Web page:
Transport Scotland has continued to engage with local authorities to work towards increasing the number of charge points to over 500 during 2013, with approximately 300 available to the public. Plans include the provision of rapid charging points at least every 50 miles on Scotland's primary road network, at ferry terminals and to support the use of plug-in vehicles at the Commonwealth Games in Glasgow.
Through investment provided by Transport Scotland, motorists can also apply to the Energy Saving Trust for 100 per cent funding to install a home charge point for their plug-in vehicle. Private organisations can also claim up to 100 per cent of the cost of fitting a charge point at their premises.
Transport Scotland has also developed and launched "ChargePlace Scotland"14 on the GreenerScotland website to provide the public with advice on plug-in vehicles and access to a map showing charge point locations. The ChargePlace Scotland branding will also allow easy recognition of Scottish charge points.
Transport Scotland also funds the Energy Saving Trust's Low Carbon Transport Loan Fund through which Scottish-based businesses can access an interest-free loan of up to £50,000 for EVs, with a repayment term of up to 6 years.
3.3.4 Scottish Green Bus Fund
Transport Scotland has worked closely with the Scottish bus industry to promote the use of environmentally friendly low carbon buses with the aim of improving air quality and encouraging greater use of public transport. The introduction of the Scottish Green Bus Fund increases demand for low carbon buses, encouraging bus manufacturers to develop and invest in the technology and achieve economies of scale. Over time, this investment will contribute to reductions in the overall cost of producing these vehicles, improve their commercial viability and encourage investment by bus operators.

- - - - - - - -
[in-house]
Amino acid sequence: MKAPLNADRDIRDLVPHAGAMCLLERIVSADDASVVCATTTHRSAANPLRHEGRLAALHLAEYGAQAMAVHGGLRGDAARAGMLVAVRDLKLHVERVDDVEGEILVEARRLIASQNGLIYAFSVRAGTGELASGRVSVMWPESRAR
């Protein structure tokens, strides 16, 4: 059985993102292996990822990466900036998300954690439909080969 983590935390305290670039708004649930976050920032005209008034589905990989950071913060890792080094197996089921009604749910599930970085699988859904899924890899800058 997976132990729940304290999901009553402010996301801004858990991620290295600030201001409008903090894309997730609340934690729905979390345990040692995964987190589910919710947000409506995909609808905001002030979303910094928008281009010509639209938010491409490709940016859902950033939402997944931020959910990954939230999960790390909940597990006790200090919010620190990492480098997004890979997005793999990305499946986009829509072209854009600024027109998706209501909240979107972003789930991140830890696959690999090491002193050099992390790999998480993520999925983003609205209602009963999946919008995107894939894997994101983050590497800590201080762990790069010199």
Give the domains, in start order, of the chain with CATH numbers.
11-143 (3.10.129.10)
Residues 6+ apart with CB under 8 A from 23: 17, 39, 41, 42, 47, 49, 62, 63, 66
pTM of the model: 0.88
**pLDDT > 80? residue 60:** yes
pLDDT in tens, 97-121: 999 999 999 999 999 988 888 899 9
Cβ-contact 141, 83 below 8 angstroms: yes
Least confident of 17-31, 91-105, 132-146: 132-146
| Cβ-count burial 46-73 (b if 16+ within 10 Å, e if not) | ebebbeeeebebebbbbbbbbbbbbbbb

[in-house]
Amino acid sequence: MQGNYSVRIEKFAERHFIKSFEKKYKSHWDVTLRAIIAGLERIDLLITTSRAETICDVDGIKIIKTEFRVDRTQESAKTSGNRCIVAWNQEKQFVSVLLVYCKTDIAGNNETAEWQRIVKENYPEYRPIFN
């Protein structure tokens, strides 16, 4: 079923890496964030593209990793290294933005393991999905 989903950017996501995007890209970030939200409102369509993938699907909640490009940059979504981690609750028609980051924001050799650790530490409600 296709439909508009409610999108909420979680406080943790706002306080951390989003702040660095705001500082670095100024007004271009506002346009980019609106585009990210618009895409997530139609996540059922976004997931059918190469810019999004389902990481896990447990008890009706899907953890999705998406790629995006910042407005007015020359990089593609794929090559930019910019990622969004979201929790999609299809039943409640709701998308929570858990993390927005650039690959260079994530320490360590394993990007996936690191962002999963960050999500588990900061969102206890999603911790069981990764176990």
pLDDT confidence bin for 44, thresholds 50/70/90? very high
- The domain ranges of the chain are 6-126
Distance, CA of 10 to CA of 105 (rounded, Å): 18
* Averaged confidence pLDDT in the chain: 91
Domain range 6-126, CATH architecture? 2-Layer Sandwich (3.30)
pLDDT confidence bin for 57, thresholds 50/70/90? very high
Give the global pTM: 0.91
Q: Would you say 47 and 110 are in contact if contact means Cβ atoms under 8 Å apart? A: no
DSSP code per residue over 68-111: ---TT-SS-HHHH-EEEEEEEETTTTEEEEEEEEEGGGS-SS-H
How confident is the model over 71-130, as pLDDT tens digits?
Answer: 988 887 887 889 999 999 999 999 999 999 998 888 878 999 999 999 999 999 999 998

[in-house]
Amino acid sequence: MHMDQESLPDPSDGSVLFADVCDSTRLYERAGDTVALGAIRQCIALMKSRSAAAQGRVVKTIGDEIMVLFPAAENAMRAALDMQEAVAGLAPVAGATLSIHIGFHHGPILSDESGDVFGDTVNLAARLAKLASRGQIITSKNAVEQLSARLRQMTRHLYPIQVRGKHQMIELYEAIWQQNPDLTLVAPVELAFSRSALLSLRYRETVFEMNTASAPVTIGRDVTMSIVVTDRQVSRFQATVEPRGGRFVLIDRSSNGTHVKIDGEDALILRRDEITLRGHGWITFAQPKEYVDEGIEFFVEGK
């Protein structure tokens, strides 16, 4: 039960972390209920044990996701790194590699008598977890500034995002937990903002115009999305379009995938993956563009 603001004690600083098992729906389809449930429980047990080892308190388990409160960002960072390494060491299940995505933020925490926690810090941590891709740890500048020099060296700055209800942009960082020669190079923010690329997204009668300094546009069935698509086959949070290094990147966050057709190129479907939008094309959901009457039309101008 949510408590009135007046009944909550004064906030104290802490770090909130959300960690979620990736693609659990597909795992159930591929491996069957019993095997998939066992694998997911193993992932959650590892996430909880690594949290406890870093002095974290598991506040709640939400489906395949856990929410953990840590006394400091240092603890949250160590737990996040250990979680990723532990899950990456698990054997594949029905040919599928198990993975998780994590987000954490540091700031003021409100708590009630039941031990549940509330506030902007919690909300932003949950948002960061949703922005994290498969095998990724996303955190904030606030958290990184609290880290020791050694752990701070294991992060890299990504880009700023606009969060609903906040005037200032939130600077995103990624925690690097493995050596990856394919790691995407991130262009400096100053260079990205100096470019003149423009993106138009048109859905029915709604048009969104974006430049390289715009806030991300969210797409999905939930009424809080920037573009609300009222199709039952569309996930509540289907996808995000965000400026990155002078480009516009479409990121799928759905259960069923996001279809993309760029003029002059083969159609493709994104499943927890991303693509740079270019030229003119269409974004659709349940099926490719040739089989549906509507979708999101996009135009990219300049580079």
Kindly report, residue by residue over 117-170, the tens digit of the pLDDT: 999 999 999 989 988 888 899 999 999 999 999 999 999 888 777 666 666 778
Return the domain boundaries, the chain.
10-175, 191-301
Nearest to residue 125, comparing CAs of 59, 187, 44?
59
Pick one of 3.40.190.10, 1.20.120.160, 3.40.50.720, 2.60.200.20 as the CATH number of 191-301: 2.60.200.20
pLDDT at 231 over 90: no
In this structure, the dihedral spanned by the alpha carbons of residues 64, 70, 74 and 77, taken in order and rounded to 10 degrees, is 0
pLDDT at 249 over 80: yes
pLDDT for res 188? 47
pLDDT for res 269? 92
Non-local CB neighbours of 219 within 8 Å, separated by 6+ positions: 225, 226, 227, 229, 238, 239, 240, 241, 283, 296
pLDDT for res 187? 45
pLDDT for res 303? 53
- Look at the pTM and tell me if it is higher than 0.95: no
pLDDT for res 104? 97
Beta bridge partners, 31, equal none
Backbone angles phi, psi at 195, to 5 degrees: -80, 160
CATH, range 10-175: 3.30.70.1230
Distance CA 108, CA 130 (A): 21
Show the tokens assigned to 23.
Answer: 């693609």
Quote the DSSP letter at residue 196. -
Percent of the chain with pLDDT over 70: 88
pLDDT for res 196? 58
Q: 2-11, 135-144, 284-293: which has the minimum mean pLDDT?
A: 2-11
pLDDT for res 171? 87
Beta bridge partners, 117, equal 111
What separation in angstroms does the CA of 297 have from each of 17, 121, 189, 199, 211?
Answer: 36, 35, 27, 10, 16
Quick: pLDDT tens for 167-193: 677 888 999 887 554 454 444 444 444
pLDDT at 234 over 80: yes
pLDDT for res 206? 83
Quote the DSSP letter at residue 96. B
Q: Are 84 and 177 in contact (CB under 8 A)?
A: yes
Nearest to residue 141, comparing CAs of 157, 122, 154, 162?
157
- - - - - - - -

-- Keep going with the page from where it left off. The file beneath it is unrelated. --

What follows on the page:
Bids to the Fund have been received from both large and small bus operators and a Regional Transport Partnership. Approved funding totalling some £7.7 million over the three rounds to date will see a total of 94 new low carbon buses introduced into the Scottish Bus Fleet. Seventy of these environmentally friendly buses are already in operation on Scotland's roads. A further 24 buses approved for funding under the latest round will come into operation by 31 March 2014.
3.3.5 Sustainable Transport
Plug-in vehicles will be a vital component in decarbonising the transport sector in Scotland, but it is important that the increased adoption of these vehicles complements other measures to promote sustainable transport. The uptake of plug-in vehicles should be as a replacement for, not additional to, petrol and diesel vehicles, thereby not increasing the total number of miles driven and adding to problems such as congestion.
Transport Scotland is investing more than £1 billion per year to encourage people to use public transport and walk and cycle more. This includes facilitating the transition to low-carbon transport through key rail projects, such as the Edinburgh-Glasgow Improvements Programme. Furthermore, the Borders Railway, scheduled to open in 2014, is expected to take 60,000 peak trips off roads in the Scottish Borders and Midlothian each year.
Bus travel is promoted by providing operators annually with £50 million of investment, which keeps down fare levels and provides support for the bus network. In addition, since 2007, the Scottish Government/Transport Scotland has invested £113 million in active travel, over £8 million in low carbon vehicles and over £9 million in freight facilities.
Furthermore, £15 million has been invested in the Smarter Choices Smarter Places project - a Scottish Government/Transport Scotland partnership with COSLA designed to increase active travel and public transport use and tackle transport emissions in seven communities. The funding has supported a range of interventions including: improvements to walking, cycling and bus infrastructure; personal travel planning; and promotion and marketing.